Paul Bongiorno
Faith and tax cuts as 46th parliament begins

In politics, so the wisdom goes, “perception is reality”. And this week, with the opening of the 46th parliament, the perception and the reality of the federal election hit home, particularly for the vanquished Labor Party. But for the victors, not everything is as it seems.

There’s something completely apposite about the opening of the parliament being heralded by an Aboriginal smoking ceremony. The entrance to the people’s house was enveloped in pungent smoke. Traditionally it is a cleansing ceremony designed to ward off bad spirits. That’s what Ngunnawal elder Aunty Tina Brown meant when she instructed Scott Morrison and Anthony Albanese to “let the smoke roll over you and let it come through you and embrace it within you”. Here, though, it could just as well be a metaphor for the tricks and devices used to mask what is really going on in political contests. The next three years will be a test of the ceremony’s effectiveness. Few are expecting a reversal of 118 years of practice since Federation.

Many in Labor are still struggling to come to terms with their unexpected loss. One senior figure says “we misread the polling”. He said: “We were ahead for so much of the time but it was more likely our 46 per cent to the Libs’ 43 per cent.” The reset, he believes, was due to the protest vote bolstered by Clive Palmer’s multimillion-dollar ad campaign, which swung solidly against the party. Even the 51-49 result in the late published polls was a missed warning sign. The contest was statistically lineball and “we didn’t want to admit [it] to ourselves”.

Maybe, but in the last two weeks of the campaign Labor was picking up the same feedback as the Liberals. Erik Jensen reports in the latest Quarterly Essay, The Prosperity Gospel, that longtime Liberal guru Senator Arthur Sinodinos thought two weeks out: “The momentum has been with us at different times, especially in Queensland. Central Queensland, even the outer suburbs of Brisbane. It’s a narrow pathway to victory … But it ain’t over until it’s over.”

Labor research, according to a senior source, found Bill Shorten was “on the nose” with voters in the Sunshine State. The “tax agenda” and the Adani coalmine ambivalence wasn’t helping. That’s when Labor pivoted hard to climate change, hoping to pick up in Sydney and Melbourne what it looked like it was not getting north of the Tweed.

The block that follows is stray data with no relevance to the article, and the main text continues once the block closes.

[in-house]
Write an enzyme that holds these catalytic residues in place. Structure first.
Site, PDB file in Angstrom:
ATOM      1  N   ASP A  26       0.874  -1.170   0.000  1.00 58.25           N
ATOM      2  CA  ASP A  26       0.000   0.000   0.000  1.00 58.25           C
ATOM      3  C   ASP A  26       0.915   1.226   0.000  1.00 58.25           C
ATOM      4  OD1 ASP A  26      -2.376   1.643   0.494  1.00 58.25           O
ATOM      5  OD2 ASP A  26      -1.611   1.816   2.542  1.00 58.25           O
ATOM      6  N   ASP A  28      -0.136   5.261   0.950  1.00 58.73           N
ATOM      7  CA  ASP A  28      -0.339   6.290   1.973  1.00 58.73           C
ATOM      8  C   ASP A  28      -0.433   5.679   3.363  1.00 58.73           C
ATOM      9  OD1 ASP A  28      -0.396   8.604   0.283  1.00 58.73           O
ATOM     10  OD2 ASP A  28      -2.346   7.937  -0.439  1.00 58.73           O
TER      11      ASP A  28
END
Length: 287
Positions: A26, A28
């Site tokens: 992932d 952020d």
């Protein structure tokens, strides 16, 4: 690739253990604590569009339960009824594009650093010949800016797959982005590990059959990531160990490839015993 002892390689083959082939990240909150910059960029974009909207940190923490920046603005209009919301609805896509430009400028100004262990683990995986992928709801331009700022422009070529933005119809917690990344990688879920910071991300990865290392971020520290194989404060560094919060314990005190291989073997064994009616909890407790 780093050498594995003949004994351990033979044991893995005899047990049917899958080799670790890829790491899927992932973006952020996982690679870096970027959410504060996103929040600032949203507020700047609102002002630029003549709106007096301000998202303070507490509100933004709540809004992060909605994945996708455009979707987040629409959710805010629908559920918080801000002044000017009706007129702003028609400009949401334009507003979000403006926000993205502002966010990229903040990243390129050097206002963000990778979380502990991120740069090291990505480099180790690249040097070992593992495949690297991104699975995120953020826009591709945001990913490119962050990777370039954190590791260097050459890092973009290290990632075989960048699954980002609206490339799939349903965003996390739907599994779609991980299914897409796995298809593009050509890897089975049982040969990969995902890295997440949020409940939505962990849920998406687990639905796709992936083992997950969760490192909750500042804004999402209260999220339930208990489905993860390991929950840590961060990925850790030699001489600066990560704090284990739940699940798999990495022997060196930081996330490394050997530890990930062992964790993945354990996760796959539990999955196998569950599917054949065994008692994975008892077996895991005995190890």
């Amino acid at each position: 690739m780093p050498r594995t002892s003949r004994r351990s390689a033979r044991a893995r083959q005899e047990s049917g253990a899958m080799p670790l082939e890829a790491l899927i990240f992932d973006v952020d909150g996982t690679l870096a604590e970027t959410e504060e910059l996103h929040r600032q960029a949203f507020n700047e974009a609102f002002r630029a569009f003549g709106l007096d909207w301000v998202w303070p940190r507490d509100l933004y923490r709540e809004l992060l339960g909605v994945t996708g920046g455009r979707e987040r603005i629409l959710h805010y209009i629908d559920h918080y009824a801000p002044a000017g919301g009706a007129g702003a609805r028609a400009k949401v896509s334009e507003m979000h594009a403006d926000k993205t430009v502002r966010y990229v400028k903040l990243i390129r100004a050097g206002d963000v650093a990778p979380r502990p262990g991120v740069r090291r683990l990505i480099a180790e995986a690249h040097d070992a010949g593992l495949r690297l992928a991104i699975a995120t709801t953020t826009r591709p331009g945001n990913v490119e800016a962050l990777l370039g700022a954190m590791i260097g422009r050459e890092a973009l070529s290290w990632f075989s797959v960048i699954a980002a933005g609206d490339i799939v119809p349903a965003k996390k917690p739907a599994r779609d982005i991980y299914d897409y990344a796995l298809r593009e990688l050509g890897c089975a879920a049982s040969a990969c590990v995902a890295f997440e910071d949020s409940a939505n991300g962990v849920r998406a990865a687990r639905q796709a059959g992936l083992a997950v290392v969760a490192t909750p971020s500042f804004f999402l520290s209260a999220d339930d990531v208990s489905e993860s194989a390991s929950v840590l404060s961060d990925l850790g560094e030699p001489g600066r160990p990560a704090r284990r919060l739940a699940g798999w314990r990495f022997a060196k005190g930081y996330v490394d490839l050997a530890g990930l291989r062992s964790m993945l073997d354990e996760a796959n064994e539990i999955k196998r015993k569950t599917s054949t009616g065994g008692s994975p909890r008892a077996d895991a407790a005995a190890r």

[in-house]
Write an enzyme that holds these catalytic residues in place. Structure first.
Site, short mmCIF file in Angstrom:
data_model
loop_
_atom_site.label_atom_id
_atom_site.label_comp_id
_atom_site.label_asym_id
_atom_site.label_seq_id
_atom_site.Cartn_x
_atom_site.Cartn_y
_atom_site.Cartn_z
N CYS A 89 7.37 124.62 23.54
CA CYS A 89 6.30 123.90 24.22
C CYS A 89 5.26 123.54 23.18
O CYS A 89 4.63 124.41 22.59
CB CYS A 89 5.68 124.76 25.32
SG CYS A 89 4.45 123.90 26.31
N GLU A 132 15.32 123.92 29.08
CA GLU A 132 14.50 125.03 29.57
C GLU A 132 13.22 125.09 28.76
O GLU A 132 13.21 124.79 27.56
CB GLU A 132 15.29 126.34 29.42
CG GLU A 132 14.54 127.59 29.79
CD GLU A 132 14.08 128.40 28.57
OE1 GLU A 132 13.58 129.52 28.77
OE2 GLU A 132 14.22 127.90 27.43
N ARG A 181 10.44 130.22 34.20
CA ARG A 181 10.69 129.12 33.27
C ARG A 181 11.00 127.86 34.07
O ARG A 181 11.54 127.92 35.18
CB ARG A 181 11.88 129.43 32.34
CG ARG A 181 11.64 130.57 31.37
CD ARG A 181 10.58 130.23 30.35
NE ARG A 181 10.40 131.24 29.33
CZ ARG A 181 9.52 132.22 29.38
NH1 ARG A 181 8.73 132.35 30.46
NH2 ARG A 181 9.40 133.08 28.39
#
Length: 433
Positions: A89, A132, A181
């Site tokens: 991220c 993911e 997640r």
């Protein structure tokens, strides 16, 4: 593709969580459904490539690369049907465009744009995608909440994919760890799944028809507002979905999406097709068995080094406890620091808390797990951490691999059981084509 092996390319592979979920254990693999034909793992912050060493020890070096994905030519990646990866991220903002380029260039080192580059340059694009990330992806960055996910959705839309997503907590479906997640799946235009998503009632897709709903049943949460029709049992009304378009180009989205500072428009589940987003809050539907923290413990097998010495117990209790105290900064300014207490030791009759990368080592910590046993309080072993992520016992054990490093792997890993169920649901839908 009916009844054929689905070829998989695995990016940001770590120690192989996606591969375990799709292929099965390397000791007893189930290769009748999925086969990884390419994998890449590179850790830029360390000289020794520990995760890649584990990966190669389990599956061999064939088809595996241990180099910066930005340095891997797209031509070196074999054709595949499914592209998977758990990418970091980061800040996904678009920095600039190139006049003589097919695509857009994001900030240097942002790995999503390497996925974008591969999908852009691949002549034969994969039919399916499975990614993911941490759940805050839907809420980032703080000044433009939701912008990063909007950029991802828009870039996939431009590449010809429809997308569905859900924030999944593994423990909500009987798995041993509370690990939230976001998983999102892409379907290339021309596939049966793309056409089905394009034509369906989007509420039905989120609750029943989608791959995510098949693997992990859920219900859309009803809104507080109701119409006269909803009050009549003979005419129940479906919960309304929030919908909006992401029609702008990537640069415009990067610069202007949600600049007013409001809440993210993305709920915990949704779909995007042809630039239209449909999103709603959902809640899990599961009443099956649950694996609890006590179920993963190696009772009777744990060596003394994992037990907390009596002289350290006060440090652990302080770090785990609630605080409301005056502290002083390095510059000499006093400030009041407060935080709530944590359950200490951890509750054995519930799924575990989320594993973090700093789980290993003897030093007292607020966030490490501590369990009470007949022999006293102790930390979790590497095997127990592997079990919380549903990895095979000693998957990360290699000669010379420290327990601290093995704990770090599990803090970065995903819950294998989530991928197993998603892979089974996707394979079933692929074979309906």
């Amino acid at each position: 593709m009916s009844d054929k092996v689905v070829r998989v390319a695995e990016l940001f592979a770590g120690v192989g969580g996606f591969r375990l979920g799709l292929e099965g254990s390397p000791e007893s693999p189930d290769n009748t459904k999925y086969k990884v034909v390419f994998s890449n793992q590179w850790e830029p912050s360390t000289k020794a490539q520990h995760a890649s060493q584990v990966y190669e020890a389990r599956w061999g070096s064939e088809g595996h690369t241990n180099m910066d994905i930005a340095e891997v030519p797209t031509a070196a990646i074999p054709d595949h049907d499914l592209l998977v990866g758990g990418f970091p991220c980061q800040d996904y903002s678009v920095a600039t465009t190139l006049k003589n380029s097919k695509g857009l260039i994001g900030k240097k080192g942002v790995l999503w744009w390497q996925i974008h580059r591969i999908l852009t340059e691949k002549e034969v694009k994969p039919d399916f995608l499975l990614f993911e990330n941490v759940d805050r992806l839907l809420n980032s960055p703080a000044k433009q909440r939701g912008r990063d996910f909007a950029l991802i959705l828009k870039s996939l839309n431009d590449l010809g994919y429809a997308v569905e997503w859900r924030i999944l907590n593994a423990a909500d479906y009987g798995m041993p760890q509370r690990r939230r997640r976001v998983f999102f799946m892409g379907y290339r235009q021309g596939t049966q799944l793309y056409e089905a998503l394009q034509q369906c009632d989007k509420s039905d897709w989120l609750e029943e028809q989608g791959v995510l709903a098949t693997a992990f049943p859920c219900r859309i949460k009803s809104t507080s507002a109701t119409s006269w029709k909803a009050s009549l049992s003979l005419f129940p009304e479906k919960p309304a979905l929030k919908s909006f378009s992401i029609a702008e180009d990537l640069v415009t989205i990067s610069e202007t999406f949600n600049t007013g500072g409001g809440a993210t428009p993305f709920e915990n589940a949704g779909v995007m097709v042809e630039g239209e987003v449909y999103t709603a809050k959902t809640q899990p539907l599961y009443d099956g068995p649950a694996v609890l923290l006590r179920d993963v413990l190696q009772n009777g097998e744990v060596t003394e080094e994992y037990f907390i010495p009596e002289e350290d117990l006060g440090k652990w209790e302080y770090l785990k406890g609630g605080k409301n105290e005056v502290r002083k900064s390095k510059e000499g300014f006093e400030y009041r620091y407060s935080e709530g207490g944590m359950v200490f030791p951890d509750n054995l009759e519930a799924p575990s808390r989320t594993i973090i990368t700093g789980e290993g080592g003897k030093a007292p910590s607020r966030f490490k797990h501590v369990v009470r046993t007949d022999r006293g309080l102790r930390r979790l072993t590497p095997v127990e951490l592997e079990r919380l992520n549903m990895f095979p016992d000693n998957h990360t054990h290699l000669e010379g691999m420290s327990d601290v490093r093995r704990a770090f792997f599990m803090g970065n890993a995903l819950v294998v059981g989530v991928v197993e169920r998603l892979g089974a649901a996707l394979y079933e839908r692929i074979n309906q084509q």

There are lessons to be learnt but no one wins the next election fighting the previous one. The hard-nosed assessment of a senior Liberal is that no one knows this better than Scott Morrison. Though the prime minister is under heavy pressure from his own Christian-right supporters to produce a religious discrimination act, he is disappointing them with his delaying tactics. One church source says some, including the Catholic and Anglican archbishops of Sydney, fear the ruthlessly pragmatic Morrison will fail to deliver what they want.

There were two interesting guests in the public gallery for the formal opening of parliament: former prime ministers Tony Abbott and John Howard, both heroes of the religious right. What worries some is that Morrison is more in Howard’s mould than the more ideological Abbott. He is certainly as tricky as Howard, if the overwhelming evidence of Niki Savva’s inside story of the Turnbull coup, Plots and Prayers, is any guide.

Morrison will need to do a lot of work to persuade middle Australia that when he talks about wanting to govern from the centre he means it. In Savva’s book, a disappointed Peter Dutton contrasted himself with the Morrison record. He said, “I am no further right than Howard and Costello. I am not the evangelical here, not out-and-proud on abortion. I voted for gay marriage, and I wasn’t going to bring Tony Abbott back. But you are framed with these things.”

While Labor, particularly its Western Sydney MPs and candidates, is convinced the party’s social liberalism cost them among the religiously conservative in the big ethnic communities, the Liberals aren’t so sure. During the campaign, Morrison steered clear of issues such as same-sex marriage and religious freedom. To this day he declines to speak out strongly in favour of rugby star Israel Folau after his sacking for religiously motivated homophobic comments.

In the government party room on Tuesday, Morrison cautioned his MPs and senators to avoid more controversy on religious freedom. It is advice he didn’t heed himself in the run-up to the same-sex marriage postal vote, while Malcolm Turnbull was PM.